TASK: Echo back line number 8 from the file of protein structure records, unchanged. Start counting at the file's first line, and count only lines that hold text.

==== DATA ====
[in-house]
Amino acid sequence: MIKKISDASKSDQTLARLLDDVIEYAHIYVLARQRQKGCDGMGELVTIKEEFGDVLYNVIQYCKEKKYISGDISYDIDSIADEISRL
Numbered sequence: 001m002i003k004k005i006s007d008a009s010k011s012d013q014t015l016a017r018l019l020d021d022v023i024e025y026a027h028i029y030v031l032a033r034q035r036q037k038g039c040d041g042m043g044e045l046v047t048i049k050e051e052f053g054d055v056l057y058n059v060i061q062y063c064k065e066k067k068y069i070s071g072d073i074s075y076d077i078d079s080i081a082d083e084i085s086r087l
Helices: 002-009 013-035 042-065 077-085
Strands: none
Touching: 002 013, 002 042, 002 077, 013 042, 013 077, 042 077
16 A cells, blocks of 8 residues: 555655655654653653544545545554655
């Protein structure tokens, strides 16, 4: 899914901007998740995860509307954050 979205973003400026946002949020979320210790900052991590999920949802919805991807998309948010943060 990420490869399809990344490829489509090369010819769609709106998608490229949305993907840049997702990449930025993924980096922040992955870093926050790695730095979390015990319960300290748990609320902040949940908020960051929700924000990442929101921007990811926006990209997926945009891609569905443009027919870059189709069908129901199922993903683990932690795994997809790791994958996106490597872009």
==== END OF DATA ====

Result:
């Protein structure tokens, strides 16, 4: 899914901007998740995860509307954050 979205973003400026946002949020979320210790900052991590999920949802919805991807998309948010943060 990420490869399809990344490829489509090369010819769609709106998608490229949305993907840049997702990449930025993924980096922040992955870093926050790695730095979390015990319960300290748990609320902040949940908020960051929700924000990442929101921007990811926006990209997926945009891609569905443009027919870059189709069908129901199922993903683990932690795994997809790791994958996106490597872009």